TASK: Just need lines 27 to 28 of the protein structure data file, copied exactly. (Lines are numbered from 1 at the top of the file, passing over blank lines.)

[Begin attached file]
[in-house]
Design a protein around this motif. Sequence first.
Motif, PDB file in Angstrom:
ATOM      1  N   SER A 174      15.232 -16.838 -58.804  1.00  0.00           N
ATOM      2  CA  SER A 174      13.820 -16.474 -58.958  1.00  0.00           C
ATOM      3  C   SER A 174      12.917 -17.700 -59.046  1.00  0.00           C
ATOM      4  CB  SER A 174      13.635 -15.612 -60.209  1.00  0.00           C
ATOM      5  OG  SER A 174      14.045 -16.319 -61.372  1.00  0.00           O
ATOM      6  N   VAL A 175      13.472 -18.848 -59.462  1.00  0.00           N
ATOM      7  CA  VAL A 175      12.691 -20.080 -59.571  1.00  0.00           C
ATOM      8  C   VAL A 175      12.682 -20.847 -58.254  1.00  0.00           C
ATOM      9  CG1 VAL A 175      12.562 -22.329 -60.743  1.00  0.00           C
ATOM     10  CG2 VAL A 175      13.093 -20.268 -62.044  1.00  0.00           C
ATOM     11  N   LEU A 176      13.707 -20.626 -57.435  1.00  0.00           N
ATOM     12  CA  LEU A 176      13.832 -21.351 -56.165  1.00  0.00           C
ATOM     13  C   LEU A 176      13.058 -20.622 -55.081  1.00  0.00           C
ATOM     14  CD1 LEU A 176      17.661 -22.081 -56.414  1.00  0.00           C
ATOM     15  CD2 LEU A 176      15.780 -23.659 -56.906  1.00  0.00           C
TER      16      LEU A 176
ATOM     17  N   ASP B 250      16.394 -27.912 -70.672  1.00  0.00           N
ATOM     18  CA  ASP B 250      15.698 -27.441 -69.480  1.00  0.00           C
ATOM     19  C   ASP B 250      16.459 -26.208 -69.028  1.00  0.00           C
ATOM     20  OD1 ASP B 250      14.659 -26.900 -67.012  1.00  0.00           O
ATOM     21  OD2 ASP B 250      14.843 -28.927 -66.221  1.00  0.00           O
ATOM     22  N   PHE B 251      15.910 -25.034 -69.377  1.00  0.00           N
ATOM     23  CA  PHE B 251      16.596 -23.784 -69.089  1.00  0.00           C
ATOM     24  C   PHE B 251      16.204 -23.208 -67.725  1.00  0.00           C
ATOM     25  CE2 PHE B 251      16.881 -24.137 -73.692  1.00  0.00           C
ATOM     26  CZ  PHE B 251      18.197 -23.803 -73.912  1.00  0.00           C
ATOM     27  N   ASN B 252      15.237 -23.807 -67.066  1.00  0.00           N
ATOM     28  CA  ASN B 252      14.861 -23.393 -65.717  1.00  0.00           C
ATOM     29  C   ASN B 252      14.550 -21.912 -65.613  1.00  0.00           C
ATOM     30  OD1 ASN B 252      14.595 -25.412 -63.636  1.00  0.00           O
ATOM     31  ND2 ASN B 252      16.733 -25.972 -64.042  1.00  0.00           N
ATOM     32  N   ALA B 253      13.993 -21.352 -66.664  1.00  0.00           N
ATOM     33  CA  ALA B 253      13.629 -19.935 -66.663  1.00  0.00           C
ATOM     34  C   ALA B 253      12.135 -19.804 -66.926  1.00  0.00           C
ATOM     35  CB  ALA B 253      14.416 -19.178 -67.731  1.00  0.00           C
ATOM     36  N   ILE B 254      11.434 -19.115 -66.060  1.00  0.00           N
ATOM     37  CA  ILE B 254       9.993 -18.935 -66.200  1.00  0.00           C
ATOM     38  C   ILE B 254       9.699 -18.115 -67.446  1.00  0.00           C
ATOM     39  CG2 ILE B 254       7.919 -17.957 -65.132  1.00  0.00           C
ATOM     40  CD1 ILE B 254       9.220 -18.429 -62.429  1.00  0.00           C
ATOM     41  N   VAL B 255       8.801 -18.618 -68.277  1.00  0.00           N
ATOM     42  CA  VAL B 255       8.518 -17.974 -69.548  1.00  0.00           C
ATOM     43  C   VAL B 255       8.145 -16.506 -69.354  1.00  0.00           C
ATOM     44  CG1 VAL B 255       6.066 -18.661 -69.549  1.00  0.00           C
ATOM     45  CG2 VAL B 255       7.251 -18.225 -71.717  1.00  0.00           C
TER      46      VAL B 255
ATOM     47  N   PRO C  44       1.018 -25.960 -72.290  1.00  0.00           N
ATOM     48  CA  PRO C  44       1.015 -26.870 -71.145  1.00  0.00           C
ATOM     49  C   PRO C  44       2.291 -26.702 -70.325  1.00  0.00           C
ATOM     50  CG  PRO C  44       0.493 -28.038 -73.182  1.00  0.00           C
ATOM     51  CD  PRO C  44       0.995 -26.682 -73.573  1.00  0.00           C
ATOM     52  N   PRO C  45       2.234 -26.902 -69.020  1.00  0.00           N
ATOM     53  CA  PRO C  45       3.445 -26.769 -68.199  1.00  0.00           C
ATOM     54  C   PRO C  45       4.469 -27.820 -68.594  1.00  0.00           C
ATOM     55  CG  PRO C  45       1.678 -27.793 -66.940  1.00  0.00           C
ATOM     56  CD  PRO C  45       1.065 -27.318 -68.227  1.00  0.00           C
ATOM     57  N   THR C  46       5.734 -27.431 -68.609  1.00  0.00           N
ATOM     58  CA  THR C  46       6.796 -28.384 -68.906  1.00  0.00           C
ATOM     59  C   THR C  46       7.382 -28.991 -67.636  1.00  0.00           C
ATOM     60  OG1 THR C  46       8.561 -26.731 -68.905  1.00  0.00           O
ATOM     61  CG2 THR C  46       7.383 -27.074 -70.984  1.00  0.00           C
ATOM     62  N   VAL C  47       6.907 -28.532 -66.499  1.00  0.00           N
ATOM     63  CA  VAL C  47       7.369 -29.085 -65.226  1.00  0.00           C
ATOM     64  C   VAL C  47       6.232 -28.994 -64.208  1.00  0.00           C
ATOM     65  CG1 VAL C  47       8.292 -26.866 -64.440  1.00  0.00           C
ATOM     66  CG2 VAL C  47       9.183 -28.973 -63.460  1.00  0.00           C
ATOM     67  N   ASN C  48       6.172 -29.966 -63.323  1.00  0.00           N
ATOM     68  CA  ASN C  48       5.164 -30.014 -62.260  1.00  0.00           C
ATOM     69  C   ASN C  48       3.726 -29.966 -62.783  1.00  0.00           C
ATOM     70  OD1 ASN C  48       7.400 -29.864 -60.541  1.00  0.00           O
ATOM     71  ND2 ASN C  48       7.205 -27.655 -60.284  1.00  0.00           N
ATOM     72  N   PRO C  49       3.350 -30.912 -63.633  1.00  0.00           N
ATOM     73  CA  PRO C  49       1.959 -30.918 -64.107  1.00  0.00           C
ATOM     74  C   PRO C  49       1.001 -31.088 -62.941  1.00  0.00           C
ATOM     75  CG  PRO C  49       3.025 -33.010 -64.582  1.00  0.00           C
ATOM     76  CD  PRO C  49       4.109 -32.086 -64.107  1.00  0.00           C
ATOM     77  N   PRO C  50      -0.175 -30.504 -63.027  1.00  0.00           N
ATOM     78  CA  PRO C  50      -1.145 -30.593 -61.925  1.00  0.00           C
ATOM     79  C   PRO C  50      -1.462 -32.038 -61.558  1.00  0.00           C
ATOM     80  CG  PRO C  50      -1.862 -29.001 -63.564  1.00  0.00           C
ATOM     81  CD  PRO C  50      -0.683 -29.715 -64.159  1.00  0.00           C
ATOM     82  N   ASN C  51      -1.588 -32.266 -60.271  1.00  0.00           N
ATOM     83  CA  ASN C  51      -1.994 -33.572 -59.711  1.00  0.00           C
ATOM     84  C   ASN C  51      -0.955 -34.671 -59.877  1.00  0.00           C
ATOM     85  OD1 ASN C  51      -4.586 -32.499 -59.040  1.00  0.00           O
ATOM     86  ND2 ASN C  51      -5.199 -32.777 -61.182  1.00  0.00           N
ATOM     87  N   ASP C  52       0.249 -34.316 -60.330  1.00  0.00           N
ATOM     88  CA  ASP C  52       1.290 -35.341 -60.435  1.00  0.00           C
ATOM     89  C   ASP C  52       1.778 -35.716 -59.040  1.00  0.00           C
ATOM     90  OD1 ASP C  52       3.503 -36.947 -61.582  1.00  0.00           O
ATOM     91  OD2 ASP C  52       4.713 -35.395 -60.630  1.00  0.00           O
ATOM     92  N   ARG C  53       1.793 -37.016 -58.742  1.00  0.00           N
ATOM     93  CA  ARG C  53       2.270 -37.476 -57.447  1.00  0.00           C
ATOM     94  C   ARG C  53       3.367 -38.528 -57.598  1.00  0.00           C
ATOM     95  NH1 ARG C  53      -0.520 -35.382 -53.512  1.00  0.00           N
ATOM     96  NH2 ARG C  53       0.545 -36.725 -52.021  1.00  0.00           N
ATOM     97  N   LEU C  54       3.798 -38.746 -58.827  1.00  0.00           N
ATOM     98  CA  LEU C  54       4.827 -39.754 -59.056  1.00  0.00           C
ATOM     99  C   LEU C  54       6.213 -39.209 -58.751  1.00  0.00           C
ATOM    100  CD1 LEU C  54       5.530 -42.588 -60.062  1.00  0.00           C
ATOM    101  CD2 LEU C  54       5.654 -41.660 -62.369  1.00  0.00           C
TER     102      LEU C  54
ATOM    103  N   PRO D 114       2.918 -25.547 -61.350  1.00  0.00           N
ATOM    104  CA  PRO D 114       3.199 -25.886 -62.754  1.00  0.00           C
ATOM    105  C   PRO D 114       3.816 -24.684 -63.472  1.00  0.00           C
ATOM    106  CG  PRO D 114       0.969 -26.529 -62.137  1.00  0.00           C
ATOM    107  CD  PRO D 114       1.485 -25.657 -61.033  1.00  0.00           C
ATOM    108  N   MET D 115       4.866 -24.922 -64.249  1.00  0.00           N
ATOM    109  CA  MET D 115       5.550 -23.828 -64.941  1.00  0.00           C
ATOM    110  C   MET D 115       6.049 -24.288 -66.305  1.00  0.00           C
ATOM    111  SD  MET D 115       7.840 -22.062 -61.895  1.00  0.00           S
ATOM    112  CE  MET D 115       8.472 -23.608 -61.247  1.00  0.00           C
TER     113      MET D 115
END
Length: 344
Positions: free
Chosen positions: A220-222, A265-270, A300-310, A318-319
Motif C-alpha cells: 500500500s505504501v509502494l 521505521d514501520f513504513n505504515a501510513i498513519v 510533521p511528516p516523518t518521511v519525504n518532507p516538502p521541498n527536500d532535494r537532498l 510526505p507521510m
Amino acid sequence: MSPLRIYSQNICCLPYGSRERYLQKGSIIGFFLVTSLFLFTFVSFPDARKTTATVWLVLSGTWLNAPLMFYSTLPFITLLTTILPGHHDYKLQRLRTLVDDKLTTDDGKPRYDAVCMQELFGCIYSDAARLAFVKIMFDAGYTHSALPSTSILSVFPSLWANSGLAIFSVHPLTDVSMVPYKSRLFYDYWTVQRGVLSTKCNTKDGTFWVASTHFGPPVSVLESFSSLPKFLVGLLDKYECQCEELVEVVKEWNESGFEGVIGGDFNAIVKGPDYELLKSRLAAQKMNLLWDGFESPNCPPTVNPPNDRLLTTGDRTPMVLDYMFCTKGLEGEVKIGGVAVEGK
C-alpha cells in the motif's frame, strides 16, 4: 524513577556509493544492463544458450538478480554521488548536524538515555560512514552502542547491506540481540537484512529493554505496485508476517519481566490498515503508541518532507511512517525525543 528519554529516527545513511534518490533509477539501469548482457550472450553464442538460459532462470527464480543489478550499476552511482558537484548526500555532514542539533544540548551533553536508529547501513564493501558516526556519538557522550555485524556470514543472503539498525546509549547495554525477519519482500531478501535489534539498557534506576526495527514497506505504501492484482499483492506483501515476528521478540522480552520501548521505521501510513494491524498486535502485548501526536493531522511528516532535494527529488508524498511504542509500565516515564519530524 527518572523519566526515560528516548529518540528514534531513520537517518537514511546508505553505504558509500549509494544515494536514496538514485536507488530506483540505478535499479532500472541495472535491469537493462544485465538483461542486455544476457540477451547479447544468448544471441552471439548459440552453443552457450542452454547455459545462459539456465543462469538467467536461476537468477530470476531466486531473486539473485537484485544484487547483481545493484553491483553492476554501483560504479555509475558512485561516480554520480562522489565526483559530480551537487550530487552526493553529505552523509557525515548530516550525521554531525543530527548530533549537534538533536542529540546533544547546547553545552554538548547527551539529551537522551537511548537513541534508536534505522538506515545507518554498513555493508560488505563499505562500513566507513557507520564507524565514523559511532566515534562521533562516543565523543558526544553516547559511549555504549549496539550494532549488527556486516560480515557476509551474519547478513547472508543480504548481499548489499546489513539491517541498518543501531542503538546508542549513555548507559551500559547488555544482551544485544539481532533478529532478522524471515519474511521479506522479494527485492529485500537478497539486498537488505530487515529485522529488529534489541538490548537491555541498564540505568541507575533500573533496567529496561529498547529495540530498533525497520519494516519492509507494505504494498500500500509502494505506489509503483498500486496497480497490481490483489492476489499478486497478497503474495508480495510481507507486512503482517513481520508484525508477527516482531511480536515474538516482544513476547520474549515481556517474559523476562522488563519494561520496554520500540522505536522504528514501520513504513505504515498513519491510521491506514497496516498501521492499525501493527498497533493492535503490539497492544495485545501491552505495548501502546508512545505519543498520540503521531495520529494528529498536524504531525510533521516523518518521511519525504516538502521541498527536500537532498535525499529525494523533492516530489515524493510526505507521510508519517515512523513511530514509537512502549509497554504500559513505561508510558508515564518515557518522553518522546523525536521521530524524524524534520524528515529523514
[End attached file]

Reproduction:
ATOM     24  C   PHE B 251      16.204 -23.208 -67.725  1.00  0.00           C
ATOM     25  CE2 PHE B 251      16.881 -24.137 -73.692  1.00  0.00           C